Anna Blanche McGill in her book, The Sisters of Charity of Nazareth, recounts this of Teresa. “A young Sister had heard that for many years Sister Teresa had had so much to do in the kitchen that she could not leave her duties to make her meditation, and that on Communion days she could go to the chapel only at the beginning of Mass, leaving at the close, without longer time for thanksgiving. ‘Did you not find it hard to do these things, Sister?’ asked the younger religious, ‘to miss so many exercises?’ ‘Why no, child,’ was the artless answer, ‘I never missed any exercises at all. Whenever I could go with the Community, it was a joy to me and I was at my place and when I could not, I did the most I could where I was. Father David used to tell us that is the way to do, that God would make up for our spiritual exercises if we left them only for love of Him…our work becomes a prayer… And how God did make up for it all!’”
Anna Blanche McGill has this further conversation from Teresa, ”Why, I don’t believe I ever made a better meditation, or more fervent preparation and thanksgiving for Communion than when standing by the fire in the old kitchen. I never could get anything out of books; [but found it easy to meditate on the teachings of God when standing before the kitchen fire]. And then I had so much to thank God for. Just to think that a poor miserable creature like this old Teresa was allowed to live in His house, receive Him so often, and serve Him all the day long! And then He was blessing our little community so visibly! We had been so poor that many a time I did not know what I could get to put in the kettle; but something always came; then abundance came; and now, you young Sisters can scarcely imagine how it used to be. We must never forget to be grateful to God for all this!”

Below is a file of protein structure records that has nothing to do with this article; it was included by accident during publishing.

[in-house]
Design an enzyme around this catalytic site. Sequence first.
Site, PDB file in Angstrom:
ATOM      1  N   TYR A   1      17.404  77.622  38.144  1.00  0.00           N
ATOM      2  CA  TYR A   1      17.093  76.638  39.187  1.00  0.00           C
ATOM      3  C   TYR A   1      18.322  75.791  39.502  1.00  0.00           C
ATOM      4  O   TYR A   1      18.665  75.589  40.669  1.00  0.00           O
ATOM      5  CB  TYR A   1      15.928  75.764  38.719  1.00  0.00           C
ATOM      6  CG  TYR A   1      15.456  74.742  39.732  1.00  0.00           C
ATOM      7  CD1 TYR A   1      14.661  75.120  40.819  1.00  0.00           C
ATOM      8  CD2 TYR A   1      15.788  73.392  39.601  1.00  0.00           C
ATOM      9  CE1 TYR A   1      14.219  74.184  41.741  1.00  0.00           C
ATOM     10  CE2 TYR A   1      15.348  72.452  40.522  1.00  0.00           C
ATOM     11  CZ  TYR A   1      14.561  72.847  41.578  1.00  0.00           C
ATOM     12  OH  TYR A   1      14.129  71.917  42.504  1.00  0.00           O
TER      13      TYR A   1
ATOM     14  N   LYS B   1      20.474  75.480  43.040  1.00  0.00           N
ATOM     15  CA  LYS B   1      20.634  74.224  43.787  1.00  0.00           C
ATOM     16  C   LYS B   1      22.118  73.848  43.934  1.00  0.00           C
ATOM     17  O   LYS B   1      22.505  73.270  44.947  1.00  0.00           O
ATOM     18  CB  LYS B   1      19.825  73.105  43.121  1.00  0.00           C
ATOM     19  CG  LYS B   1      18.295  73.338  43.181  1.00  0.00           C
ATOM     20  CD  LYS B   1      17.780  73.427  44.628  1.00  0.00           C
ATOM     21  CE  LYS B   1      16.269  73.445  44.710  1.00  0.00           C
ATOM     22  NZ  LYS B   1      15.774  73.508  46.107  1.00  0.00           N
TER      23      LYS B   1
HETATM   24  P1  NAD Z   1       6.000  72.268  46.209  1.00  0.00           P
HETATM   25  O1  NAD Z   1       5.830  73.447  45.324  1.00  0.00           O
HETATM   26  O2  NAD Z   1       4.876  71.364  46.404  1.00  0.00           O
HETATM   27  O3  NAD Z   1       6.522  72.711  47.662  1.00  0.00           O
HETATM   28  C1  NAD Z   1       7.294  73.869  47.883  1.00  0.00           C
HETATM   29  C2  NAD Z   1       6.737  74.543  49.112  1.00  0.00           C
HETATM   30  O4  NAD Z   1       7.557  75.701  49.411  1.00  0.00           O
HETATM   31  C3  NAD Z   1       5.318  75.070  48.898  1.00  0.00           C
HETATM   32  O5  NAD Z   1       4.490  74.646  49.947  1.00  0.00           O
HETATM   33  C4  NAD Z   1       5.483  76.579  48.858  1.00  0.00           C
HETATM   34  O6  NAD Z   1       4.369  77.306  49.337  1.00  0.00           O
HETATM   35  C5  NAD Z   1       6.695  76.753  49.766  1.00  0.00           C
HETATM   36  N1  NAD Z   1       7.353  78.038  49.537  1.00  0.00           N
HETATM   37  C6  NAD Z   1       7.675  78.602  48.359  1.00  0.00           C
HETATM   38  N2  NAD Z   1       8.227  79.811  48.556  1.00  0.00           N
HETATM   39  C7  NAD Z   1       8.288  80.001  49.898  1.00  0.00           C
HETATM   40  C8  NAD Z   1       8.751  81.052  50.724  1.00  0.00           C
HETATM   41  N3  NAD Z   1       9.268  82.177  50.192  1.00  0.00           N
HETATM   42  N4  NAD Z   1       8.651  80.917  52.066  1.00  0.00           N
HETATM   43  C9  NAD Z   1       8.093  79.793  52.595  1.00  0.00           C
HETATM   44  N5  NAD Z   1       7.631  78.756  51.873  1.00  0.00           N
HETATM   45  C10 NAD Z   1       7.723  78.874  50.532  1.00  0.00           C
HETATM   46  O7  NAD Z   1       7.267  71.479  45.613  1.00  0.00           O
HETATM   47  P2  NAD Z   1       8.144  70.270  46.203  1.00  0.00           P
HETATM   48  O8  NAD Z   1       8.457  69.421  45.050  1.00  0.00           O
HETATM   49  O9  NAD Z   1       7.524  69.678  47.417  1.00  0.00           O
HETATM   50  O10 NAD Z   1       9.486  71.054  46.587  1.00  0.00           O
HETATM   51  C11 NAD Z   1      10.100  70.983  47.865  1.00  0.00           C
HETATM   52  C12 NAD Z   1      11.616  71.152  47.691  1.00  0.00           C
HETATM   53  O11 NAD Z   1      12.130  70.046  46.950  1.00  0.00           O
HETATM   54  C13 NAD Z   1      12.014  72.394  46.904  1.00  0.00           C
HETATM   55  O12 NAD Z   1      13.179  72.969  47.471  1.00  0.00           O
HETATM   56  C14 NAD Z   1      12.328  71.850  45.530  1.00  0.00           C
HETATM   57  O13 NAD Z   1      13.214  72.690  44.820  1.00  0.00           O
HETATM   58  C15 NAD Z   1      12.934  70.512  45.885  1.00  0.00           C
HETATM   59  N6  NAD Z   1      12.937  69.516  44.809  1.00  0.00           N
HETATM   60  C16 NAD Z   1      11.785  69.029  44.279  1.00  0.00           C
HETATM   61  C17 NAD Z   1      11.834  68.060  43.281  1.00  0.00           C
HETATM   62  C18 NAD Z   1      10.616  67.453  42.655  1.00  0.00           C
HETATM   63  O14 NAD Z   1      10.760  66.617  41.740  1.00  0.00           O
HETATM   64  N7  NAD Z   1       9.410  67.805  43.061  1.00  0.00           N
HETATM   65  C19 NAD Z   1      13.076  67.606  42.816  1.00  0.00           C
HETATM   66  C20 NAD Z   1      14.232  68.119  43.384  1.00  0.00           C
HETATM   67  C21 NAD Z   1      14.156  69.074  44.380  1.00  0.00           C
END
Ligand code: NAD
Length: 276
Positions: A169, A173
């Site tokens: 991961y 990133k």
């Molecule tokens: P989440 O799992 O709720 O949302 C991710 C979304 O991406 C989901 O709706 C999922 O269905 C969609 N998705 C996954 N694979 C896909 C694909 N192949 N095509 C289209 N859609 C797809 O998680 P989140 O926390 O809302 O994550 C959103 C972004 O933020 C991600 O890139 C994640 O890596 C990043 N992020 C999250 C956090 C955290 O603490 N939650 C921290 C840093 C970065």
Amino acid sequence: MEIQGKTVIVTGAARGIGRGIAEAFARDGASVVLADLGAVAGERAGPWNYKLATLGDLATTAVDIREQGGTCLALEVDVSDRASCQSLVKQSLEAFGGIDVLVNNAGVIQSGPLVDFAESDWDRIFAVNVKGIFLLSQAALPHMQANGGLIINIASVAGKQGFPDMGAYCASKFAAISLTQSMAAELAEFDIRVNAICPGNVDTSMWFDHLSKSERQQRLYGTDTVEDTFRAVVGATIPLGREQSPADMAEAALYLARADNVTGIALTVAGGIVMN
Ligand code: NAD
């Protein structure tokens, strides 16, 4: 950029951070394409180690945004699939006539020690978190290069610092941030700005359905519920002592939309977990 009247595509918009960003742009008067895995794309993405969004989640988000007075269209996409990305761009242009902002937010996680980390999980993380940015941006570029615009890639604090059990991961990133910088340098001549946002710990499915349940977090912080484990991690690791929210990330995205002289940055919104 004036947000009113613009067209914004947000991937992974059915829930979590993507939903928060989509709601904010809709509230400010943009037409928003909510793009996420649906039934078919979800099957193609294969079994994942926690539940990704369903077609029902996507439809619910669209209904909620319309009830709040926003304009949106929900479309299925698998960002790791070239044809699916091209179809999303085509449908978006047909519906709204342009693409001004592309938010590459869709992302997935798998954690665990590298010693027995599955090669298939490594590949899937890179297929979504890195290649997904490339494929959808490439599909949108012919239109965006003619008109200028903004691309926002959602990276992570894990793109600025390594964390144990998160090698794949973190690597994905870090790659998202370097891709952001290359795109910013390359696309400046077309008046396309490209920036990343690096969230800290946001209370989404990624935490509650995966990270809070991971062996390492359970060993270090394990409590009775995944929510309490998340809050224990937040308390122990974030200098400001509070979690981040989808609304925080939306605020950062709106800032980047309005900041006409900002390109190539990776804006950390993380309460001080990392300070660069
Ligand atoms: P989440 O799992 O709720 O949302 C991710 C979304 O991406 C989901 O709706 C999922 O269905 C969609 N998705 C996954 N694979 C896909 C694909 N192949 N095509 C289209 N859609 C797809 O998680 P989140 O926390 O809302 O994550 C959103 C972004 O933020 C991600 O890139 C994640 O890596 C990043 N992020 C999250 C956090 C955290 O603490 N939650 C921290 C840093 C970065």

After the move to “new Nazareth” there were some early griefs. In 1824 there were two deaths: the sudden and unexpected death of Mother Agnes Higdon and the death of the young Academy music teacher, Sister Columba Tarleton. It was the latter of whom the story is told that, as she was dying, said to Teresa that she thought she might be able to eat partridge. Miraculously, Teresa saw a partridge come to the doorstep and so was able to prepare a meal Sister Columba could eat.